Hiking in Finland

Climbing, bikepacking, skiing & packrafting in the north

Snowshoein' Daytrippin'

Last weekend M and I decided to go for a snowshoeing trip. Snow is plentiful here in Tampere, and we only need to walk 50 meters till we're in Pyynikki recreational area. So out of the door, down the road, and the snowshoes come on. I used my MSR Lightning Ascents, well used with the colour chipping off in places, and M got to try the new MSR Lightning Axis.

I decided that it would be most fun to walk on the lake, along the shore on the ice. This decision was met with skepticism from M, who didn't find the occasional puddles and open ice along the shore inspiring confidence. I reassured here that we're safe, as besides the 50 cm or more of snow between us and the ice, there was at most 30 cm till the bottom. We're safe. Trust me. I'm an aspiring Wilderness Guide. I'm not gonna take a risk.

A Meadow Vole snow tunnel.

So off we went, at a leisurely speed, mostly because the heel strap of the Axis kept on slipping of M's shoe. This became quite annoying, so after a while we switched snowshoes, and from there on we were fine. We were following a path where there was one, and made our own track where there wasn't.

Following a path, enhancing it with our snowshoes. I will bill the city for that =)

M making tracks.

Yours truly leading the way.

Looking back.

We life in a nice area of Tampere, five minutes walking distance to the centre, and far less than that to the recreational area, the beach and lake. We can snowshoe/ ski on the lake till Nokia (the town where this one quite popular Finnish company is from) and further, going along some nice parts of Tampere, where small wooden houses are still the norm. Anyway.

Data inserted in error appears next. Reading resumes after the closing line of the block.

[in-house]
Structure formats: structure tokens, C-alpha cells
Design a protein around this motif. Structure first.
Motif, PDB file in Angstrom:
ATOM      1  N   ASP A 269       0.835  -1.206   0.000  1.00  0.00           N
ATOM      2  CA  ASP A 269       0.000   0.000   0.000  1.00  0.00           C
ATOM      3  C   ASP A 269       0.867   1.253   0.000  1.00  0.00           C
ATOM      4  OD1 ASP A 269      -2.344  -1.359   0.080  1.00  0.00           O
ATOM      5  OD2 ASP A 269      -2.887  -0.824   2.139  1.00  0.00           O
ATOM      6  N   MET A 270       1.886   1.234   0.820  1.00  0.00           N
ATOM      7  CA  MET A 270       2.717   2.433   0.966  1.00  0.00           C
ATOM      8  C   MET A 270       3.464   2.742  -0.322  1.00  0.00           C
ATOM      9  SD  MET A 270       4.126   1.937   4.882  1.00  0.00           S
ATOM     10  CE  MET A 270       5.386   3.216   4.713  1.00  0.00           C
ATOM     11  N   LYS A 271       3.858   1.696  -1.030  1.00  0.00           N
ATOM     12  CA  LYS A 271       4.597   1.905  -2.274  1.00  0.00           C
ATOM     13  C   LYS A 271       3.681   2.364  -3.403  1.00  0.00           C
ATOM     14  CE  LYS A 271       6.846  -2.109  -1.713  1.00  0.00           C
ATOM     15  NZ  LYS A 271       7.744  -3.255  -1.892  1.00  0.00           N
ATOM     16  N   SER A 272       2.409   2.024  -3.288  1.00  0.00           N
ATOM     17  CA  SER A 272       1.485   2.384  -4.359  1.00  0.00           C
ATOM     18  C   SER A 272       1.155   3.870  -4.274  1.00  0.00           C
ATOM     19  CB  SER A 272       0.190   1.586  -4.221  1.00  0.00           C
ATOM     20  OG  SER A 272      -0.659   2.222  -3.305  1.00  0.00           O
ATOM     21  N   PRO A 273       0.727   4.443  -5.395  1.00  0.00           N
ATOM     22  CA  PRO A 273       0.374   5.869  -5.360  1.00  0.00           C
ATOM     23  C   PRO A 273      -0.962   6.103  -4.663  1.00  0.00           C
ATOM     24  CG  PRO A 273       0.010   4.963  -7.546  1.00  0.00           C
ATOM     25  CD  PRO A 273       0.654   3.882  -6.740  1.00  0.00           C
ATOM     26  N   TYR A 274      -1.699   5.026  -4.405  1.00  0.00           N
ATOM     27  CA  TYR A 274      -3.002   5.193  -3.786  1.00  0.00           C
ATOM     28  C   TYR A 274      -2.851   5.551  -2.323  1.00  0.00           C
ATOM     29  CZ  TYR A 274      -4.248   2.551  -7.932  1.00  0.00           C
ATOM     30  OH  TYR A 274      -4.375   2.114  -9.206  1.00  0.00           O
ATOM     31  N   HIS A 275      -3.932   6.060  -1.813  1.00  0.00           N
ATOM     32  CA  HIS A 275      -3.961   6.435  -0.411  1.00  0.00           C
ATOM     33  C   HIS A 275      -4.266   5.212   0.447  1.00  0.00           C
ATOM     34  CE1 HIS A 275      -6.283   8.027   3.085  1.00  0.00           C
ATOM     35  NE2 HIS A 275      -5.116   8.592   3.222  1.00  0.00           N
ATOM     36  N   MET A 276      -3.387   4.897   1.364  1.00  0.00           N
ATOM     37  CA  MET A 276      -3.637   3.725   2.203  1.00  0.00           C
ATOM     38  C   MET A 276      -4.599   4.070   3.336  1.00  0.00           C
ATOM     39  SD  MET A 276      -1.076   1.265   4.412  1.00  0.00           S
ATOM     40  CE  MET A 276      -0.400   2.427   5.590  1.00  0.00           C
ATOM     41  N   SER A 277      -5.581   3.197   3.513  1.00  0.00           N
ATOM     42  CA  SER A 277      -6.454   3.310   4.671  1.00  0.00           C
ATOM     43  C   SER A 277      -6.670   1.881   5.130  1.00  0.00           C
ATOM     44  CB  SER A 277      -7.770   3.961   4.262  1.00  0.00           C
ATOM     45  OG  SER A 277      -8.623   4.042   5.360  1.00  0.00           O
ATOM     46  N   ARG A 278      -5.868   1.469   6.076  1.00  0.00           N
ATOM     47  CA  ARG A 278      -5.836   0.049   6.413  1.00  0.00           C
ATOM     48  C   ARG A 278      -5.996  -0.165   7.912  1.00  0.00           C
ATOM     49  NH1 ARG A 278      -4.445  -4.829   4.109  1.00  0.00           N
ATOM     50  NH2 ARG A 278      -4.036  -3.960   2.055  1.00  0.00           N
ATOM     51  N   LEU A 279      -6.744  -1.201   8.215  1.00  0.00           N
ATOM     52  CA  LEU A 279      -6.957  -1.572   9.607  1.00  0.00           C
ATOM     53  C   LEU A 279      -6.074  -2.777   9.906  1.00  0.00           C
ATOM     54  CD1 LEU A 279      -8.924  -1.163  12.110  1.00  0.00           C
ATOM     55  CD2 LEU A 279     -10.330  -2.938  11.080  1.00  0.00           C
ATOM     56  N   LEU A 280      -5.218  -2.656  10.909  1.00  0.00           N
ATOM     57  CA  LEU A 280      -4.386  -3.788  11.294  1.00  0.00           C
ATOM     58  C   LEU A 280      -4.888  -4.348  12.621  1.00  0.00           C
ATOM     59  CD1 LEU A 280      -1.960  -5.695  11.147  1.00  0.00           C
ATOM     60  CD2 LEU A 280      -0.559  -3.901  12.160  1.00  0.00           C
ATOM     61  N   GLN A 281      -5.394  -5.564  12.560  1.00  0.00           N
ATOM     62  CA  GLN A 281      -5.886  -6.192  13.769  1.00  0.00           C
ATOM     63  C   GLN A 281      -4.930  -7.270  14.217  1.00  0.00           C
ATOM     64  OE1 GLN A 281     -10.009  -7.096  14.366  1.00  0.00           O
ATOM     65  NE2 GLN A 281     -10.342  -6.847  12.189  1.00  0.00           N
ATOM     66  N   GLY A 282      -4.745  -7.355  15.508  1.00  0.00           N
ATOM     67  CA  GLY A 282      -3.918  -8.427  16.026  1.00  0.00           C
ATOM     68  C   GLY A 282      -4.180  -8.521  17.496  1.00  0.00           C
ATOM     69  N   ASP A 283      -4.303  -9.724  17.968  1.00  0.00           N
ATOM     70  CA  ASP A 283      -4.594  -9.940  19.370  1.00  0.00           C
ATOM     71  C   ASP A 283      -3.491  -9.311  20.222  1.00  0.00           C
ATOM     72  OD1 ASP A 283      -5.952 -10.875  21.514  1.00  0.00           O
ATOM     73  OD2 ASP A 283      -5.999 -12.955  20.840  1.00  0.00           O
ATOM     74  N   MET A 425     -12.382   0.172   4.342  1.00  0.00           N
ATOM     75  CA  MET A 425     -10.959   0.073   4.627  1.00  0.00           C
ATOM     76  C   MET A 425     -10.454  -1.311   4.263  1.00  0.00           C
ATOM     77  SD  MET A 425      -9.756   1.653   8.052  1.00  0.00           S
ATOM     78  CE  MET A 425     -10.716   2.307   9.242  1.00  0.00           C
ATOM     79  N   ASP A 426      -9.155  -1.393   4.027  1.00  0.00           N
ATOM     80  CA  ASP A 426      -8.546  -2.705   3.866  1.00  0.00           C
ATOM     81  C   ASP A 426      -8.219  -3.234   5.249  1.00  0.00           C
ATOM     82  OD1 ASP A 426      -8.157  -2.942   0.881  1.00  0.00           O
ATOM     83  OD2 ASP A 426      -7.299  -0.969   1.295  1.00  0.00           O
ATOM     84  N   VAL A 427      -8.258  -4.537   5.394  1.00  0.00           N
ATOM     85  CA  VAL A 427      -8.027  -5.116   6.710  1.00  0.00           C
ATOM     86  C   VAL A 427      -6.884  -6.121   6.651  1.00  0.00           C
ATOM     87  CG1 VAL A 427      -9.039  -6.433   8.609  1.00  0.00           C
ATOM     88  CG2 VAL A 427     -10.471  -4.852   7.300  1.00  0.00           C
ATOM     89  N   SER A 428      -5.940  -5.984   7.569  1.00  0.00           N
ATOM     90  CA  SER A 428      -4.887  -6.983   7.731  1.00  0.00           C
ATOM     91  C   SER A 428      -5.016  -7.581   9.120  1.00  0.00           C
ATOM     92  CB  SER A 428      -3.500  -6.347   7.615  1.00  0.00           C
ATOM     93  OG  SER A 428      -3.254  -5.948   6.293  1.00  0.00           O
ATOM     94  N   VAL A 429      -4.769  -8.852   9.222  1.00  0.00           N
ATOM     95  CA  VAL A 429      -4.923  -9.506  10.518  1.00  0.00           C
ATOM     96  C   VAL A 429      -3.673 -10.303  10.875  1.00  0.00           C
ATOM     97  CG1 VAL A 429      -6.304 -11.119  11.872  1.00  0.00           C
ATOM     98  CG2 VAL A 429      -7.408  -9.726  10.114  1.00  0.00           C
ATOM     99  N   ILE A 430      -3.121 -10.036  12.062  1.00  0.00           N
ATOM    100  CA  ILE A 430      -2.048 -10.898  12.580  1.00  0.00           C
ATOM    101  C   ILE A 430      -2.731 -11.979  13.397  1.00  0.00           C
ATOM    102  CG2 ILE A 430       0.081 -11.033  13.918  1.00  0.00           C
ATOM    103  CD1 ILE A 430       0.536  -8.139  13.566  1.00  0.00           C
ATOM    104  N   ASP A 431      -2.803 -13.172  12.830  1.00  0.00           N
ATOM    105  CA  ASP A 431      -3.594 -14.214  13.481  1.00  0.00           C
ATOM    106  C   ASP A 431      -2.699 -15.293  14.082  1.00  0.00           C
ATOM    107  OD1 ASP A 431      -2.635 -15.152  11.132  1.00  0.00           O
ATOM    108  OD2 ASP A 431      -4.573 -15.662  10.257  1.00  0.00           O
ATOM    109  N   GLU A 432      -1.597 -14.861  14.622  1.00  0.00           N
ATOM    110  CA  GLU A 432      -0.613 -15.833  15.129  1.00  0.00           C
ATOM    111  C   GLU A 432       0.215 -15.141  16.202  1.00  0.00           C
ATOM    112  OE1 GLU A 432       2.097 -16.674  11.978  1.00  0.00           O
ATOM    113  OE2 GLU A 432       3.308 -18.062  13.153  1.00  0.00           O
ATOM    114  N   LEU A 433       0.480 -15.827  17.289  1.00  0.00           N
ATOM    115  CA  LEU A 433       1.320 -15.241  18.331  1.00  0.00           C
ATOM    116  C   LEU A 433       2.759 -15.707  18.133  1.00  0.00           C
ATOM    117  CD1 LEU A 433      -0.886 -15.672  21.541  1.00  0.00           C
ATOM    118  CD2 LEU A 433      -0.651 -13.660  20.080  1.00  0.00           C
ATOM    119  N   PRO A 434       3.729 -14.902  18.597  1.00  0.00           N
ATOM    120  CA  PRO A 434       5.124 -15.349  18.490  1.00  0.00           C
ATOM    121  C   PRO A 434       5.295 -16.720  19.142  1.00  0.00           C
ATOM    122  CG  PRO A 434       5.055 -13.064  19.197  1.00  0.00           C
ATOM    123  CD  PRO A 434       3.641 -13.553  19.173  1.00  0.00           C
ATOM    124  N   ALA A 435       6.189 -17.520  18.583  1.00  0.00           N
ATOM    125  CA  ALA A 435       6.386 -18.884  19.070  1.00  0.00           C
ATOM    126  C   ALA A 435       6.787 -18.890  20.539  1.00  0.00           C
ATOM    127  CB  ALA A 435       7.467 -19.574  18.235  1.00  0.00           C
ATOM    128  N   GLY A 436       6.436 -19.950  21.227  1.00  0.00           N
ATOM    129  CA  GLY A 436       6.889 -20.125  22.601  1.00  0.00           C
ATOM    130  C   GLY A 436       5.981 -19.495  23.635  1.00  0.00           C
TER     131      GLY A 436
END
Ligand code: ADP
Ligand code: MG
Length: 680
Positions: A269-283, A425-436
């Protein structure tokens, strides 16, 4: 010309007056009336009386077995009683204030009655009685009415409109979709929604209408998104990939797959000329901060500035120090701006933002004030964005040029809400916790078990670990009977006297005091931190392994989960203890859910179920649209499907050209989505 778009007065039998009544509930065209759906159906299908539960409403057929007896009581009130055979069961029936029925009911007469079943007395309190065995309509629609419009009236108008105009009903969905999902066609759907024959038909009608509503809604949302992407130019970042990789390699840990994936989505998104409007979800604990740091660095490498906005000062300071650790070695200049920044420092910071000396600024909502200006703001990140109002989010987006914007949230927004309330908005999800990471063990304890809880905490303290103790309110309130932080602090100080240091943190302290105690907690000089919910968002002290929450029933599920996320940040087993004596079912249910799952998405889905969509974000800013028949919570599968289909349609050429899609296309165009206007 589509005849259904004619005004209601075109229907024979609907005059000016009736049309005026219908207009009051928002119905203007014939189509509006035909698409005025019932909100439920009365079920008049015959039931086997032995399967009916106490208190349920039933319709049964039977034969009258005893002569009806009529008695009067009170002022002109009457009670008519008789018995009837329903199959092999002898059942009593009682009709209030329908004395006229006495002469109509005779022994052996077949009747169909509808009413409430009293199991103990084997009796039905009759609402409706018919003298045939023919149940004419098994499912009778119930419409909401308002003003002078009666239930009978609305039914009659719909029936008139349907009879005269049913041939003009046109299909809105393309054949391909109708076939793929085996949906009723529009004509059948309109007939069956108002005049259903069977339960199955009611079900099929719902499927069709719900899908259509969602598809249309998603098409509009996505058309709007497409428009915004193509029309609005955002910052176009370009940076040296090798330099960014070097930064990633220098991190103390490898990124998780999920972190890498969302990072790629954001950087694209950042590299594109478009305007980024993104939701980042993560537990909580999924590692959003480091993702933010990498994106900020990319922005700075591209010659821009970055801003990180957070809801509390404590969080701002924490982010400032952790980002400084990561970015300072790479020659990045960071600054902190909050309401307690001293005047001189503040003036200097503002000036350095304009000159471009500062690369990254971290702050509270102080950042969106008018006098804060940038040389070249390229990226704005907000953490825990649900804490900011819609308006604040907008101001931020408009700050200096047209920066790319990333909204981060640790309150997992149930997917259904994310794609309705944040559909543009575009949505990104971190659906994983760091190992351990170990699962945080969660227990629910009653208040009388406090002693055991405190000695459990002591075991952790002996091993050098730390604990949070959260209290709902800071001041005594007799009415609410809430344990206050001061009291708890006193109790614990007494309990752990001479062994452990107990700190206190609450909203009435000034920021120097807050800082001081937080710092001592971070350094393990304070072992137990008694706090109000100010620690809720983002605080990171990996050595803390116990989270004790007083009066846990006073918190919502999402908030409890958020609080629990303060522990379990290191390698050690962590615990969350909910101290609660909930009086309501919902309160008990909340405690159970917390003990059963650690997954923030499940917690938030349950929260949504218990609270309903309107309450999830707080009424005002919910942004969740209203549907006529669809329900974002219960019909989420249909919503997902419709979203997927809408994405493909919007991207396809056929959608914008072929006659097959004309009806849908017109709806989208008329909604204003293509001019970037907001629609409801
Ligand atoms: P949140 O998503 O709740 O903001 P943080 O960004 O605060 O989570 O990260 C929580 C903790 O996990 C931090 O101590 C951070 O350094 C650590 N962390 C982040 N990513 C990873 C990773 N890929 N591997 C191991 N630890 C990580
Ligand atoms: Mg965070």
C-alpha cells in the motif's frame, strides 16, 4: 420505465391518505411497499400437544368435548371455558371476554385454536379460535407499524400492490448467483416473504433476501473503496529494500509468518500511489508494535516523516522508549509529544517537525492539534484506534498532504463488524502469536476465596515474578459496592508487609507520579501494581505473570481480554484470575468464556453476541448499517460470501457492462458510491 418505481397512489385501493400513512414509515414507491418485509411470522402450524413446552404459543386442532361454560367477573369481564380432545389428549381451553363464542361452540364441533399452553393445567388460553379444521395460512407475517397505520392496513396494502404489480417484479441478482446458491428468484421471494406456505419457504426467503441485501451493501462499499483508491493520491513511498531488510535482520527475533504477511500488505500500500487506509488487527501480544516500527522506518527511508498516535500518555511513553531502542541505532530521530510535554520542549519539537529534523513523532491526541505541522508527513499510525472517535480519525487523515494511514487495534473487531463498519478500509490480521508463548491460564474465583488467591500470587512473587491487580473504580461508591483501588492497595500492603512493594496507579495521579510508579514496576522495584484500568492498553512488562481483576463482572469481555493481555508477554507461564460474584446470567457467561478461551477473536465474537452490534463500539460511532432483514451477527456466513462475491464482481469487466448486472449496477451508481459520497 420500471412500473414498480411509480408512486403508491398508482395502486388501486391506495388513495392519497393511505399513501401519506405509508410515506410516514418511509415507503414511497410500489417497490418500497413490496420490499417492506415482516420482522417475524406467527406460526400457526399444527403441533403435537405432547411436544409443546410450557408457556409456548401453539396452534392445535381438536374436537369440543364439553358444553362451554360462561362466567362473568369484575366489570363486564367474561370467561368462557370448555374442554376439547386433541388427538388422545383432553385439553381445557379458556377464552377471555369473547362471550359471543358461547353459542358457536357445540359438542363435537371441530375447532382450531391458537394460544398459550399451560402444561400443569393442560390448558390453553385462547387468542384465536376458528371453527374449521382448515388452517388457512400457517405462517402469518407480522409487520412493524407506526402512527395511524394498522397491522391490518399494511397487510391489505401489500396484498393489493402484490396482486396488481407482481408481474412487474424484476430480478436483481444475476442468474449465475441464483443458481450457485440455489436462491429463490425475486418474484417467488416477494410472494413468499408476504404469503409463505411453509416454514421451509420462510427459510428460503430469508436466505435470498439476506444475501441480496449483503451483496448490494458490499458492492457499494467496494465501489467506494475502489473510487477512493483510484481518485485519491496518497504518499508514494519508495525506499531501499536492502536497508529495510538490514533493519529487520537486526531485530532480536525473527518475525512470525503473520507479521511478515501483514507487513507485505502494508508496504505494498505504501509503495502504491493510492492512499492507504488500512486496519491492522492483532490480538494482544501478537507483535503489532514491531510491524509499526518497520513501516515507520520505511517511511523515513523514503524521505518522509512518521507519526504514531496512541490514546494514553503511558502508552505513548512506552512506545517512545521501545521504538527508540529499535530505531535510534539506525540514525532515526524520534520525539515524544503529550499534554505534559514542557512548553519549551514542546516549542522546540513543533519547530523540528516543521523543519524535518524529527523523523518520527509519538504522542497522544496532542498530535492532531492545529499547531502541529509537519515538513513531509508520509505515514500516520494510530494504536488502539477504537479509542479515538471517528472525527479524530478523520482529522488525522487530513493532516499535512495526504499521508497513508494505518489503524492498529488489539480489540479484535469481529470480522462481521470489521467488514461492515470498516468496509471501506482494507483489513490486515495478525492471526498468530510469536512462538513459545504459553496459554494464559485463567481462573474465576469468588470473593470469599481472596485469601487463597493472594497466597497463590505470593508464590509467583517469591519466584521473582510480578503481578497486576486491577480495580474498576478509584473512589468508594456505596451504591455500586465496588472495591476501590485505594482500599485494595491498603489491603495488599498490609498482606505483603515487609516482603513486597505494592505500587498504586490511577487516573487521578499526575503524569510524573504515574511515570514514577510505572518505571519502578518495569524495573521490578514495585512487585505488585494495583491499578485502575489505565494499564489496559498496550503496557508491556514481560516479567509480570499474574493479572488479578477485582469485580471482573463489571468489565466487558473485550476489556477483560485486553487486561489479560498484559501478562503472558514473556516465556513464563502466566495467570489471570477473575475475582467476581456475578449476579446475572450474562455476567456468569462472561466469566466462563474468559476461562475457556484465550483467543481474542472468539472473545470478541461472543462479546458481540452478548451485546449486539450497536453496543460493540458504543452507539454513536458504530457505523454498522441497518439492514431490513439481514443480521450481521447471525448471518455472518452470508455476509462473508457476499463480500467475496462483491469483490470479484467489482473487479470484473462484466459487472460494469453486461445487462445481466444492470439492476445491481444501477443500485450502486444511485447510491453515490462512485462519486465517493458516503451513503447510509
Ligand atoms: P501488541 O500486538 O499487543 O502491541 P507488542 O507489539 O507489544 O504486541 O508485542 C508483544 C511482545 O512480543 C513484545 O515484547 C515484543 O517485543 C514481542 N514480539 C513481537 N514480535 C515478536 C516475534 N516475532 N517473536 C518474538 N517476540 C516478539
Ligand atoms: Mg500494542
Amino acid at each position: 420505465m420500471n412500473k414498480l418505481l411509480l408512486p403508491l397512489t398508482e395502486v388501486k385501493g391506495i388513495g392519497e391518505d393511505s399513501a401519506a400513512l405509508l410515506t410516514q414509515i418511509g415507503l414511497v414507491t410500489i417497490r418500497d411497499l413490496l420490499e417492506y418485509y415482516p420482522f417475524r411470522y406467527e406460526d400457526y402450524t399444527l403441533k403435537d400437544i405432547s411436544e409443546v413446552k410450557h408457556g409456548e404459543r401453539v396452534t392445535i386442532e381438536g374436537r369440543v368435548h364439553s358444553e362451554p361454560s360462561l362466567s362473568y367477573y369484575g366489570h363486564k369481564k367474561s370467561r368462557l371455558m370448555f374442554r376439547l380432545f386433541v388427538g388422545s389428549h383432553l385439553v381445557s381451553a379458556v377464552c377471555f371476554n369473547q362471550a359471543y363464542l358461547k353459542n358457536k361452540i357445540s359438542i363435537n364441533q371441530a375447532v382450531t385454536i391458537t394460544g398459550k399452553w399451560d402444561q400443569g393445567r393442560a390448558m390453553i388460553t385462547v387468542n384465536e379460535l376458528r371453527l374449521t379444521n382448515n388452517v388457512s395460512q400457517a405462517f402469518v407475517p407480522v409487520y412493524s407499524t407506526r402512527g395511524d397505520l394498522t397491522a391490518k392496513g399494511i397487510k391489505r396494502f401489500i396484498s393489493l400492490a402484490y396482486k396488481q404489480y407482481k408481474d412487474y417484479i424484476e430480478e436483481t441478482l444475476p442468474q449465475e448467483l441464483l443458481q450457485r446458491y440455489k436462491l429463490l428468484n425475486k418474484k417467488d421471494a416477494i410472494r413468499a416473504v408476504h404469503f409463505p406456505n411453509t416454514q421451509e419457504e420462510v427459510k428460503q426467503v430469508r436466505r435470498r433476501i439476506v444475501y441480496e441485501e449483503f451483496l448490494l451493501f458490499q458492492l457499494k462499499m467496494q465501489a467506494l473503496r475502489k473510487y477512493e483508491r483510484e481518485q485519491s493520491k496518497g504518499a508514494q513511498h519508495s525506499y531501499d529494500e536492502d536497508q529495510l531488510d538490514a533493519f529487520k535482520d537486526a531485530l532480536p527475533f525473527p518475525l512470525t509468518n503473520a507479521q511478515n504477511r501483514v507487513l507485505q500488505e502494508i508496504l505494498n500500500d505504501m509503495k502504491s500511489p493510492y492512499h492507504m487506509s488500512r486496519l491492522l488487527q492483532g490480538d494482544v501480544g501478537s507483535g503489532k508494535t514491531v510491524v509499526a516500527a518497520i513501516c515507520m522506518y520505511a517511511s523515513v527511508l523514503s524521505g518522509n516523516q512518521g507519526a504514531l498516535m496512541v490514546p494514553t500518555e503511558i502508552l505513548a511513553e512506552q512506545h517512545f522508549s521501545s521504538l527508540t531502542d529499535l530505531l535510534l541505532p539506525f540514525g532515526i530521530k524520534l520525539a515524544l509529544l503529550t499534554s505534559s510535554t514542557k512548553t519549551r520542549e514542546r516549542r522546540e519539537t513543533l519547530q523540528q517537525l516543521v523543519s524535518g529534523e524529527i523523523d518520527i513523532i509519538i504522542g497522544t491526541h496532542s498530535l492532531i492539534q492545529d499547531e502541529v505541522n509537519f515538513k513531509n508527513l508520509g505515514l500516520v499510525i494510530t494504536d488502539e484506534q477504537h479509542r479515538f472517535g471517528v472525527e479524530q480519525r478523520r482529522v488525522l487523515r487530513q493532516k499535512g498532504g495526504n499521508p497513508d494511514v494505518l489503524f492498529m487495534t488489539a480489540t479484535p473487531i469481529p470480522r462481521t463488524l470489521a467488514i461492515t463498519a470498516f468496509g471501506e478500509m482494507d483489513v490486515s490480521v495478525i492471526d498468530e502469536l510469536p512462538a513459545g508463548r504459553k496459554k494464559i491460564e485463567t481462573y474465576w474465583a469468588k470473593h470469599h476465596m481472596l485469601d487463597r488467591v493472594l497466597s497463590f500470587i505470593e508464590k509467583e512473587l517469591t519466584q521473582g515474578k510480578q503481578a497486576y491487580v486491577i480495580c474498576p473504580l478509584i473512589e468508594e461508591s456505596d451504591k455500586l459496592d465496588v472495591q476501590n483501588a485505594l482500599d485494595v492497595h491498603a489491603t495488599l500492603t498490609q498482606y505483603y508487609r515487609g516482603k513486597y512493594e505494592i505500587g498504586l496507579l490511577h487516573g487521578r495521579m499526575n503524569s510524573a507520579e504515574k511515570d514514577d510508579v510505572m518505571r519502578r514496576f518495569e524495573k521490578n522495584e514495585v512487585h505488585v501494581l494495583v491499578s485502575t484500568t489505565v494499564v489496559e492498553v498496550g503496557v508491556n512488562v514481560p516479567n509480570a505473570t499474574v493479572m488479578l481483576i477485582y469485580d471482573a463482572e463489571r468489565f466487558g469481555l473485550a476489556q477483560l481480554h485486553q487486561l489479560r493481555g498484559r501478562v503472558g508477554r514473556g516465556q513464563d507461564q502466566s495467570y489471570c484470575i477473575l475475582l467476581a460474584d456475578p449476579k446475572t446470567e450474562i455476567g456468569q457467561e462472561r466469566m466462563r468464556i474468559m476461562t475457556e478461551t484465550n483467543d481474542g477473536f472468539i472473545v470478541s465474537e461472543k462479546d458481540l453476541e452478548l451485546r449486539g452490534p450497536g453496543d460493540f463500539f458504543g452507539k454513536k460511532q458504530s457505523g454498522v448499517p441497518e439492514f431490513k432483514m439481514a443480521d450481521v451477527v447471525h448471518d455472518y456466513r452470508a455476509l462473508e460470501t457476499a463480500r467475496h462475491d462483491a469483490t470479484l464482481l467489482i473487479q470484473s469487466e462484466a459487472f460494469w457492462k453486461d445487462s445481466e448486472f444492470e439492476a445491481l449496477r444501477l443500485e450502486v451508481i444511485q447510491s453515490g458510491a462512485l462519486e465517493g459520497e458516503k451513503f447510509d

Walking on ice and snow, besides the aforementioned issues, are fun. Lakes are even, and make for an easy and fun snowshoeing experience. Finding the best part to walk on was an enjoyable challenge, too close to the shore and you're walking in 75 cm of powder, to far from the shore and the ice-trust-issue came up. Walk in the middle of both and you sink into the snow only a few centimeters. Following the mountain hare tracks in the snow is also smart!

We walked for three hours, with little breaks enjoying the flora and fauna, had a cup of tea at the end and were amused by the cat we met along the way. Then it was off the lake and up to the street, from where we caught a bus home. To see a map with stats of this trip, click here. And now go out and enjoy a walk in your neighbourhood!

The Week in Review

After last weeks popular "The Week in Review - Mystery Edition" we're back with a reload!

Okay, not today =) It's the "Video Madness" edition.

News & Various:

Mike Clelland! thinks about a wilderness-themed graphic novel. Check out his mood study and let him know that you want one!

A new lightweight backpacking blog from Finland worthy of your attention is http://korpijaakko.wordpress.com/. Jaakko is a regular reader and we met last year at the Erämessut in Riihimäki, and his site surely will become a wealth of knowledge for people who're interested in Arctic adventures.

Antti's blog is also worth checking out at http://longdistancetrail.wordpress.com/. He writes about Long Distances trails around the world, and if that is only remotely of interest to you, you should surf there immediately.

Want to take your photography up a notch? Then read The Photographer’s Guide to Depth of Field.

Gavin realized that a Photo in the Hand is worth a thousand in the Hard Drive. I concur. Though Dropbox is a awesome alternative.

Ed likes trees. I like Ed's photos of trees.

thf2 needs a Trail Name. I think so, too.